The answer to all three of these questions is yes. Believe it or not, your choice of turkey not only affects the success of your Christmas dinner, it actually impacts on your family’s health and even the environment.

Most of us have been purchasing turkeys that have been intensively reared for years. Intensively reared turkeys are often kept in windowless ‘houses’ with as many as 25,000 birds in one house. I was told by a friend about a visit he made to a turkey farm and how horrific it was, picking his way amongst the very unhappy birds, who were frantically pecking at each other to try to get some space. This crowding and lack of stimulation can often cause the turkeys to become aggressive and even cannibalistic. In fact, intensively reared turkeys are often de-beaked to prevent this. Furthermore, these crowded conditions often lead to disease spreading throughout the flock. To avoid this, the birds may be preventatively medicated with antibiotics. Sometimes they are even given growth hormones to make them develop faster. When you buy and eat intensively reared turkeys, some of these chemical residues are extremely likely to be passed on to you.

An free range organic turkey is a different thing altogether. They are raised mostly outdoors with more space allocated per bird. Grain fed, they are never given feed which may contain animal byproducts, and their grain cannot be genetically modified in any way. Organic turkeys are not medicated unless they are actually ill, and this is done only as a last resort. This more natural way of life is not only better for the turkey, it is better for you, Organic turkeys generally have leaner meat, developing more muscle and less fat than intensively reared turkeys which get virtually no exercise whatsoever.

Lots of people will argue that they have been eating intensively reared turkeys for years and it hasn’t done them any harm, nor do they feel they have been deprived in the taste department. But have they ever tasted a free range bird that has been raised organically? If they are sticking to their argument, probably not. Organic turkey definitely tastes better. The meat is leaner and is a better source of protein than the intensively raised alternative.

Not only is organically raised turkey better for you, it is better for the environment because organic farming methods are less disruptive to local ecosystems and are not dependent on the use of chemicals and drugs. Organic farmers work in harmony with nature to ensure biodiversity and sustainability. It is also much kinder to the animals involved as they are raised more naturally, and allowed to develop for longer.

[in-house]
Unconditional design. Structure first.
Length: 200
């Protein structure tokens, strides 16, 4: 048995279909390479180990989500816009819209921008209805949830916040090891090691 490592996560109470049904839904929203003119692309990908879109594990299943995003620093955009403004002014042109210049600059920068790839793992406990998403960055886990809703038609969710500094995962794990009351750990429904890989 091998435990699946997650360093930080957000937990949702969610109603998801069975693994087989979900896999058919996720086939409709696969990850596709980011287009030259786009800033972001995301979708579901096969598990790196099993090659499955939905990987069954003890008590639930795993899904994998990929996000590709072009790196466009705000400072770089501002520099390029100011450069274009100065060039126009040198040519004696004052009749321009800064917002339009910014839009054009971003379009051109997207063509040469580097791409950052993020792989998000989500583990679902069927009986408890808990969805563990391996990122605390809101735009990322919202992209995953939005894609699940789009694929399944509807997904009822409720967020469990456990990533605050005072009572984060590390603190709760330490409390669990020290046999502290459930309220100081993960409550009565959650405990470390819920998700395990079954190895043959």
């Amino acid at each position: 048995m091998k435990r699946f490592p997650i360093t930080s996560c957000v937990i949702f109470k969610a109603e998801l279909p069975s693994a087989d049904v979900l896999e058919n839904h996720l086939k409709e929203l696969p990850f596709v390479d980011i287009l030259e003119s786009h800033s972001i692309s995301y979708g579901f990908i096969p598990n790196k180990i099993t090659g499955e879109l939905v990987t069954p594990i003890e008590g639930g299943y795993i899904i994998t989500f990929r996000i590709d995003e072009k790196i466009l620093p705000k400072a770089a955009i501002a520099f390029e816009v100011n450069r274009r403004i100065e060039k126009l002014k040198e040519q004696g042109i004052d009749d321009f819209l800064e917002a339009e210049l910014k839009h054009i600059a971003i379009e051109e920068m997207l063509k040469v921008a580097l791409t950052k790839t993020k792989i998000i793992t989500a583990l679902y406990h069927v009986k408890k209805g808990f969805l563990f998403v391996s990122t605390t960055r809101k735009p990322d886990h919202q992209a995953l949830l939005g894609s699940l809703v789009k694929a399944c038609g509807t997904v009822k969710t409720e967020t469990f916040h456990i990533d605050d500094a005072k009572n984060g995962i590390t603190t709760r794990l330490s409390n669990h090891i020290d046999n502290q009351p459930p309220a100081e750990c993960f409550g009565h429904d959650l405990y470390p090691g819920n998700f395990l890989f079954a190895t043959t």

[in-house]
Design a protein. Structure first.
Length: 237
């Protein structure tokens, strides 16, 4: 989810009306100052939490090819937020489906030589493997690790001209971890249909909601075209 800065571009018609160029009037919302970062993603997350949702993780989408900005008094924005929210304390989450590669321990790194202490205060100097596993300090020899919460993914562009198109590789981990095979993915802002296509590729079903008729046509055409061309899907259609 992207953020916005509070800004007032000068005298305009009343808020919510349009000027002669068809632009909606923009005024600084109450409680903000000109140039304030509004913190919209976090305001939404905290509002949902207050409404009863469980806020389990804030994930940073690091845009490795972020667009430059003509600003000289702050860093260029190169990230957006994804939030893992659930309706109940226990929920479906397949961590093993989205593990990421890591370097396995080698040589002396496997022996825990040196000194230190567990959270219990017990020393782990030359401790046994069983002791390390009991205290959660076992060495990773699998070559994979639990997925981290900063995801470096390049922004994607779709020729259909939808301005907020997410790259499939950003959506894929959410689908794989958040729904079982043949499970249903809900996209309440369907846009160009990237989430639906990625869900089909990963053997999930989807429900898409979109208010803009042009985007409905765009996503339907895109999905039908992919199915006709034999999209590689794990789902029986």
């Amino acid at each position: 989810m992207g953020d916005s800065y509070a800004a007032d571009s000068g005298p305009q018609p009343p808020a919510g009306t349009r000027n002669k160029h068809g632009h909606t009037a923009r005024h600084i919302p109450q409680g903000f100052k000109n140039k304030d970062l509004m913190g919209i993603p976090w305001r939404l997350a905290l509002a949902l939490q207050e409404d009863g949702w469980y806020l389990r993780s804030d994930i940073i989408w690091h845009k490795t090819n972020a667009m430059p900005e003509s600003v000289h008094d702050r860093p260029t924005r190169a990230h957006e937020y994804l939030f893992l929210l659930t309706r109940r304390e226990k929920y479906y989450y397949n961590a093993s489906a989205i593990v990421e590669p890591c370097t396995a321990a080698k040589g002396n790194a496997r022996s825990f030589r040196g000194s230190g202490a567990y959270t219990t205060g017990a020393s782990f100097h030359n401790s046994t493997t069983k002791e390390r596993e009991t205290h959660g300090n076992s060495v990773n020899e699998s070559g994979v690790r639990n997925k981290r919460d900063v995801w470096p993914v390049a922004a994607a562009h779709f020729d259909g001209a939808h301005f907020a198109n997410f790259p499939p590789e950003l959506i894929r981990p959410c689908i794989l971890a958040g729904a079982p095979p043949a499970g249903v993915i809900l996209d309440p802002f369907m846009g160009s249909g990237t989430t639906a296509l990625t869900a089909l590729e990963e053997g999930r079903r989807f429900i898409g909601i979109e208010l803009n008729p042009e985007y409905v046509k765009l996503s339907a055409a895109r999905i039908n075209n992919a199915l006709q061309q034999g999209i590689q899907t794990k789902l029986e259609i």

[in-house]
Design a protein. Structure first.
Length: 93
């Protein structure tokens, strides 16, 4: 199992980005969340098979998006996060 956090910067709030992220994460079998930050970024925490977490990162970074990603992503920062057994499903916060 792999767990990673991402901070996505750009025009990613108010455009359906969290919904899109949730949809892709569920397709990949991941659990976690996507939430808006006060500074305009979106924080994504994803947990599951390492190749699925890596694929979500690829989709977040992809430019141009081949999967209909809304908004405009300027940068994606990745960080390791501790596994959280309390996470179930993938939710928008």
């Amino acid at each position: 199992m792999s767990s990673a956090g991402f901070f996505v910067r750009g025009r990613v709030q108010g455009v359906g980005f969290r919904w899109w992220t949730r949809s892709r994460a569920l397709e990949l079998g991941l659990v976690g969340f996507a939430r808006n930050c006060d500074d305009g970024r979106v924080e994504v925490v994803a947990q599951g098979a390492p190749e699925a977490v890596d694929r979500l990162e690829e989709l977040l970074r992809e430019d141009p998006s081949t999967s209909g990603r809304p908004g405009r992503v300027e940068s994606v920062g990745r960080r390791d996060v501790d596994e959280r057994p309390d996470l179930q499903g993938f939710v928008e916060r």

So when you choose your turkey this Christmas, I urge you to purchase an organic bird. It may be slightly more expensive, but not only will you enjoy the flavor more, you will also be benefitting the environment and your family’s health. It’s an investment not only in the taste of Christmas present, but also in the taste of Christmas future.

Tuesday, 2 December 2008

Post Thanksgiving Credit Crunch Christmas Blues

Thanksgiving has always heralded that start of the holidays in America, and traditionally people are pretty much in the holiday spirit from then on. Similarly, in other countries including Canada and England, the first day of December heralds the start of the festive season. This year however, something seems to be amiss. People worldwide seem to be more cautious about their holiday joy. Everyone is talking about cancelling Christmas parties, or at the very least scaling them down. The stores are packed full of Christmas shoppers as they always are this time of year, but most of them look stressed and worried. So do the shopkeepers. Suddenly we are faced with the unavoidable truth. We have all become so commercial about the holidays that a lot of folks are feeling very blue indeed. We feel our celebrations are threatened because we have to tighten our belts. I’m here to tell you that does not have to be the case.

I’m not about to suggest that you can ignore the credit crunch, or the fact that most of the world seems to be sliding into recession. I can insist however that it does not have to affect your holiday celebrations. In the last few years of plenty, we all got pretty used to holiday extravagance. Where we used to drink wine, champagne became the norm. Luxury ingredients like foie gras, truffles and caviar, once the preserve of only the very rich, moved into the diet of the middle classes. In some cases, the importance of these luxuries overtook the importance of the celebrations. We were all out to impress, whether it was by what we ordered in a restaurant, or what we served when we entertained. Within the big corporates, there was practically a competition as to who could put on the best (ie. most extravagant) Christmas entertainment. We forgot that entertaining and being entertained is all about having fun and connecting with other people. It is not what you eat or drink or where you party. Yet suddenly we all seem to think that because we can’t put on the Ritz like we used to, it isn’t worth bothering to celebrate at all. Well, that is just pure nonsense.